Mercer made several attempts to serve Andersen in Minnesota between March and May 2004.  He learned on March 23, 2004, however, that Andersen was likely living in Haiti as a missionary after a sheriff attempted to serve Andersen at a former place of employment in Minnesota.  Mercer presented no evidence to the district court that he attempted to follow up on this information.  He instead continued to attempt service in Minnesota by serving the Minnesota Commissioner of Commerce in April 2004 and by publishing notice in a Minnesota legal newspaper in May 2004.  The only indication that he attempted to contact Andersen outside Minnesota occurred after publication, when Mercer mailed a notice of publication to Andersen at a Florida address in May and June 2004.  In support of his motion to dismiss, Andersen presented evidence that an internet search using Andersen’s name and “Haiti” returned one result, which provided a link to Andersen’s employer in Haiti.  The linked website stated that Andersen was the medical director, included a picture of him, and also provided U.S. contact information for his organization.  The district court did not err by concluding the statute of limitations was not tolled and by dismissing Mercer’s claims against Andersen with prejudice.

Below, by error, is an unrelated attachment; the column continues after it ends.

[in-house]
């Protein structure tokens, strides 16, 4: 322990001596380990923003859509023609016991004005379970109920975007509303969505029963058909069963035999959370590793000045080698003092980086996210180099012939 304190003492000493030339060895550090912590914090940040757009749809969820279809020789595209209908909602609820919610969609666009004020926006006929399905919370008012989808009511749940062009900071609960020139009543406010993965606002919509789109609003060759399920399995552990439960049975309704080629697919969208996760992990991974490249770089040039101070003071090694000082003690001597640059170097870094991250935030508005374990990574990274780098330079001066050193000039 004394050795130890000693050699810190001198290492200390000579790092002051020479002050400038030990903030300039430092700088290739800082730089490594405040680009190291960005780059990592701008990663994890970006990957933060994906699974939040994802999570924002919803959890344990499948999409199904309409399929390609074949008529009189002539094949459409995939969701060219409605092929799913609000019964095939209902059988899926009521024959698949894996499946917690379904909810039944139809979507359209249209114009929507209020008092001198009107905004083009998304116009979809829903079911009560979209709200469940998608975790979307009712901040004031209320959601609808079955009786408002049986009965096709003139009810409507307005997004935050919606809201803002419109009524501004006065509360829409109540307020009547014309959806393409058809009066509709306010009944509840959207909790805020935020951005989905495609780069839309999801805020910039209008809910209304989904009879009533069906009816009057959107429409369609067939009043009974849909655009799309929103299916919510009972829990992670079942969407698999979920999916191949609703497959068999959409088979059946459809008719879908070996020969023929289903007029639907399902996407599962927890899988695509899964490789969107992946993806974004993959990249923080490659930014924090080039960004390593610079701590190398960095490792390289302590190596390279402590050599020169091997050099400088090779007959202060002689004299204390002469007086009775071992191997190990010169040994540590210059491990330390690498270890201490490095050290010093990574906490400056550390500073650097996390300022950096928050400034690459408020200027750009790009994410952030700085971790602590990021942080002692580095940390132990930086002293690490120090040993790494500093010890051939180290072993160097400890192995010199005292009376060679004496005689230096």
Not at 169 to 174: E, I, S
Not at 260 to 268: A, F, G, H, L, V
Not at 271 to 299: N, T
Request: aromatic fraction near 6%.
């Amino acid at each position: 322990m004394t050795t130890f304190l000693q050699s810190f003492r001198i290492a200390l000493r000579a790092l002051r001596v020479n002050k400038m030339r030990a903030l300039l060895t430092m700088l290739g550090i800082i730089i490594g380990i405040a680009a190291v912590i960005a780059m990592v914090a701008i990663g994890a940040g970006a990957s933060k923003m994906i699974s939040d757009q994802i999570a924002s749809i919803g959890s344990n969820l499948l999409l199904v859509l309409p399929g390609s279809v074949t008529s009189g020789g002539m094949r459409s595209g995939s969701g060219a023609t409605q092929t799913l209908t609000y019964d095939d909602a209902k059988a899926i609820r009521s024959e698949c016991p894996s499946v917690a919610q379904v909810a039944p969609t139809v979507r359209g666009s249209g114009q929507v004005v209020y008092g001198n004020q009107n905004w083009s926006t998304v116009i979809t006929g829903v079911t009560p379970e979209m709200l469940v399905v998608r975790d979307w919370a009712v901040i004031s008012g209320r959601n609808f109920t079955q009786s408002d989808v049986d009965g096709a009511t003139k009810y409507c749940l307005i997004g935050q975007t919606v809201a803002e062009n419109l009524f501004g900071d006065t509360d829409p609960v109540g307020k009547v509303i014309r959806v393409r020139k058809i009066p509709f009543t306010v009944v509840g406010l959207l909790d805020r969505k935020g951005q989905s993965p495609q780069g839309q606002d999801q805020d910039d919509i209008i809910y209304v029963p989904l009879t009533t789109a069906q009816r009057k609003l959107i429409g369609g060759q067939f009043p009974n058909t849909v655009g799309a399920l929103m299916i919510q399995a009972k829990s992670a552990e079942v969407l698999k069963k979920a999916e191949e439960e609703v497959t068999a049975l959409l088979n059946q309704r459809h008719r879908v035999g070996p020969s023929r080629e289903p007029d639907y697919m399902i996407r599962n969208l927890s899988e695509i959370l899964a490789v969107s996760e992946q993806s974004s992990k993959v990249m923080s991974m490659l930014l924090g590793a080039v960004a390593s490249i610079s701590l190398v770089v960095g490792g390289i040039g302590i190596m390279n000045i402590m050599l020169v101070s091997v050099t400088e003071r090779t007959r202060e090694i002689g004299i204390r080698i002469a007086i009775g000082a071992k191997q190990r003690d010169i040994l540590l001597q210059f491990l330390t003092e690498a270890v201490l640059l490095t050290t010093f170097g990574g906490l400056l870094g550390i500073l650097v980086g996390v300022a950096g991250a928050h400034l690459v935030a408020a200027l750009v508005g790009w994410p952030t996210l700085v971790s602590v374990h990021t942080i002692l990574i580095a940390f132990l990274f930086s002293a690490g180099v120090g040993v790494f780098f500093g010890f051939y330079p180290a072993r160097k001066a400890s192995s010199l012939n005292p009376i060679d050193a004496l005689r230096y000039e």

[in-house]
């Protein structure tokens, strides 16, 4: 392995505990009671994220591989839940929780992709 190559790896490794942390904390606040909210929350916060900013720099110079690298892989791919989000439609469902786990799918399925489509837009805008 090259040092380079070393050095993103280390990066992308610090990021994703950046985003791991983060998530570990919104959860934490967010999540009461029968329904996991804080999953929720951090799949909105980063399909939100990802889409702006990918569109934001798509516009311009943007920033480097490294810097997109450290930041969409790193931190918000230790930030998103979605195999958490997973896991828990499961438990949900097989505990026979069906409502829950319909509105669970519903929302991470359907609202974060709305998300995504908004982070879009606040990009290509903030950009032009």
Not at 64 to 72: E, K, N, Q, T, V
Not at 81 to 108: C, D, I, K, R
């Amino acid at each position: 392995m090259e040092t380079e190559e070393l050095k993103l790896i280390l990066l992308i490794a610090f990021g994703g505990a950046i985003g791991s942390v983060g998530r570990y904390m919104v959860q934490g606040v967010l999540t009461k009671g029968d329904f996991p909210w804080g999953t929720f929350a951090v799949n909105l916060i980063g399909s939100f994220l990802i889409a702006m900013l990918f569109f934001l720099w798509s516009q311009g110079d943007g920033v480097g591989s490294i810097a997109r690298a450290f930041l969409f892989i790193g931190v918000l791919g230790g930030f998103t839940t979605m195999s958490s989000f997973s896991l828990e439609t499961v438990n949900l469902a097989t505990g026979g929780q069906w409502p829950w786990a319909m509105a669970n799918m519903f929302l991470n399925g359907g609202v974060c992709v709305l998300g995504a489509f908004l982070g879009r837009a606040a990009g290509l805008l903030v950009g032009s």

When a medical-malpractice claim requires expert testimony to establish a prima facie case, the plaintiff must satisfy the expert-review requirements set forth in Minn. Stat. § 145.682, subd. 2 (2004).  The plaintiff must first serve with the summons and complaint an affidavit by the plaintiff’s attorney stating that an expert has reviewed the facts of the case and believes that the defendant deviated from the appropriate standard of care and caused injury to the plaintiff.  Id., subds. 2, 3(a) (2004).  Within 180 days of commencing litigation, the plaintiff must serve a second affidavit that identifies the experts expected to testify about malpractice or causation and states “the substance of the facts and opinions to which the expert is expected to testify, and a summary of the grounds for each opinion.”  Id., subds. 2, 4(a) (2004).  Answers to interrogatories will satisfy the substantive requirements of the second affidavit if they are signed by the plaintiff’s attorney and each expert and served within the 180-day time period.  Id., subd. 4(a).